Salzburg Visitor information
Salzburg, literally "Salt Fortress", is the fourth-largest city in Austria and the capital of the federal state of Salzburg. Its Old Town (Altstadt) has internationally renowned baroque architecture and one of the best-preserved city centres north of the Alps. It has been listed as a UNESCO World Heritage Site since 1997. The 18th-century composer Wolfgang Amadeus Mozart was born and raised in Salzburg and worked for the archbishops from 1769 until 1781. His house of birth and his residence are both tourist attractions, and his family is buried in a small church graveyard in the old town. In the mid-20th century, it was also the setting for parts of the musical and film The Sound of Music.
The number of tourists outnumbers locals by a large margin in peak times. In addition to Mozart's birthplace noted above, other notable places include the Salzburg Cathedral (Salzburger Dom), the Hohensalzburg Castle (Festung Hohensalzburg), one of the largest castles in Europe, Residenzgalerie, an art museum in the Salzburg Residenz, Mirabell Palace, with its wide gardens full of flowers, Schloss Leopoldskron, a rococo palace and national historic monument in Leopoldskron-Moos, Hellbrunn, with its parks and castles, The Sound of Music tour companies, operating tours of film locations, Hangar-7, a multifunctional building owned by Red Bull, with a collection of historical airplanes, helicopters and Formula One racing cars, Anif Castle, Schloss Klessheim, a palace and casino, formerly used by Adolf Hitler, Berghof, Hitler's mountain retreat near Berchtesgaden, Kehlsteinhaus, the only remnant of Hitler's Berghof, and Salzkammergut, an area of lakes east of the city.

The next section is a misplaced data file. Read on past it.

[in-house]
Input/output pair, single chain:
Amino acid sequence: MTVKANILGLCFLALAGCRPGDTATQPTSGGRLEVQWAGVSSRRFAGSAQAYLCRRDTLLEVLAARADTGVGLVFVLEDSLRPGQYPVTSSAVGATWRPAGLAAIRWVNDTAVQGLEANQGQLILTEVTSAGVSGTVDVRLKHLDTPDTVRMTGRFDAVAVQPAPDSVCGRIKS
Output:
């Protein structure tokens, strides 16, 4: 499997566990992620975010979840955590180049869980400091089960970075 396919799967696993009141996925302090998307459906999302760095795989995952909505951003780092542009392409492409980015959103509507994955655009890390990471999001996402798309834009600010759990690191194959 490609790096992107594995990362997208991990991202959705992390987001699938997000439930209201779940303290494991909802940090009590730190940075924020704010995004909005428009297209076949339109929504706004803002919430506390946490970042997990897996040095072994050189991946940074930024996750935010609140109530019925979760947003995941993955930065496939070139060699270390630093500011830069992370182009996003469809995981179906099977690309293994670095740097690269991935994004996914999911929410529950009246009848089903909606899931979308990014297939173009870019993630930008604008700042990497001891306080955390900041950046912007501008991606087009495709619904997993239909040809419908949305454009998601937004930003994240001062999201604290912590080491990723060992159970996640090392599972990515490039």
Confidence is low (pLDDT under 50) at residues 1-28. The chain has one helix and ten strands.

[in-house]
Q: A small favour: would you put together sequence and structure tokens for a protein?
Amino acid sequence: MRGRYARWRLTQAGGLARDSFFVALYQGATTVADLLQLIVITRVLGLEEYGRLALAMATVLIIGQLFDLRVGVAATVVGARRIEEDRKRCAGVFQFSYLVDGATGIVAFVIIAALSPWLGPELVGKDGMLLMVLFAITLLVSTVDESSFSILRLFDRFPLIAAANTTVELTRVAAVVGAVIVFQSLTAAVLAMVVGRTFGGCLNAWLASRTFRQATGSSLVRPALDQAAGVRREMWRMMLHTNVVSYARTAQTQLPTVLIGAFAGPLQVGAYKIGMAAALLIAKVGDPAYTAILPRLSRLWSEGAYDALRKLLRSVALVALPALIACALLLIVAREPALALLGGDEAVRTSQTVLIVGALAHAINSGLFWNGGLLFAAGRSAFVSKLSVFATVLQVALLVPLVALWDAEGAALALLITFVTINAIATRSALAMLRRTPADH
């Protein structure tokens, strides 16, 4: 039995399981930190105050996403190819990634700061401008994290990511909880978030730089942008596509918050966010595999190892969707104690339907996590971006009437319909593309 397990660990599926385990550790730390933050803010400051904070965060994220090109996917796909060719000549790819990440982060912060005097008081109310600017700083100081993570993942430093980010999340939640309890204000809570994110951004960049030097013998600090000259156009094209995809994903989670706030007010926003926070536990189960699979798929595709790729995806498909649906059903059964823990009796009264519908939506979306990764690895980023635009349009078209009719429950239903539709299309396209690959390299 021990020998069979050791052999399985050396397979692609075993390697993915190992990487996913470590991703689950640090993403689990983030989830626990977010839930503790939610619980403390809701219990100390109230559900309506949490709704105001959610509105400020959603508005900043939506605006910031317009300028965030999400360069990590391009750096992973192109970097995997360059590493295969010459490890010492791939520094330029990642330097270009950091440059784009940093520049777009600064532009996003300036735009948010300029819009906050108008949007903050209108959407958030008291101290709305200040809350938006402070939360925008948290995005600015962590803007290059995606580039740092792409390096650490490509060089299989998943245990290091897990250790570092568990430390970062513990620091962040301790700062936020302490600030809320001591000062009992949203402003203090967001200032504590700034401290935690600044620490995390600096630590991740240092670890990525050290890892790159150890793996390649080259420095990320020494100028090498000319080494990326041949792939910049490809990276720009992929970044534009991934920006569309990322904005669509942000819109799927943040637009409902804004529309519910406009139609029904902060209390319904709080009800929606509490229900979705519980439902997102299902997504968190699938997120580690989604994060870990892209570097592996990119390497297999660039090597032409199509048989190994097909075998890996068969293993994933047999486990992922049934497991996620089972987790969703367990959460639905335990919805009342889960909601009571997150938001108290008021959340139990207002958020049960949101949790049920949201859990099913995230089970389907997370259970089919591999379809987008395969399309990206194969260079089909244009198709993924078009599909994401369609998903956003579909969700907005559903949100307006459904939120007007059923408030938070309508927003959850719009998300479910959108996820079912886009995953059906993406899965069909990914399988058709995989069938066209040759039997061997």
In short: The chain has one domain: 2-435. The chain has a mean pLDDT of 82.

The Salzburg Festival is a famous music festival that attracts visitors during the months of July and August each year. A smaller Salzburg Easter Festival is held around Easter each year.
Accommodation in Salzburg’s university residences
The city is home to 3 universities and many of the independently-owned student residences offer affordable visitor accommodation in the summer months. It should be understood that these residences are designed primarily for students and not children or adults expecting a high level of luxury. However, with this in mind, the halls do meet a level of comfort that we expect most visitors to be happy with, and we will welcome any feedback where this is not the case.
Getting around Salzburg
The city enjoys comprehensive rail connections, with frequent east-west trains going to Vienna, Munich, Innsbruck, and Zürich, including daily high-speed ICE services. The city also acts as a hub for south-bound trains through the Alps and into Italy. Salzburg Airport offers scheduled flights to many European cities, such as Frankfurt, Vienna, London, Rotterdam, Amsterdam, Brussels, Düsseldorf, and Zürich, as well as Hamburg and Dublin. In the main city, the easiest way to get around is the Salzburg trolleybus system and bus system, with a total of more than 20 lines, and service every 10 minutes. Salzburg has an S-Bahn system with four Lines (S1, S2, S3, S11): trains depart from the main station every half an hour and are part of the ÖBB network.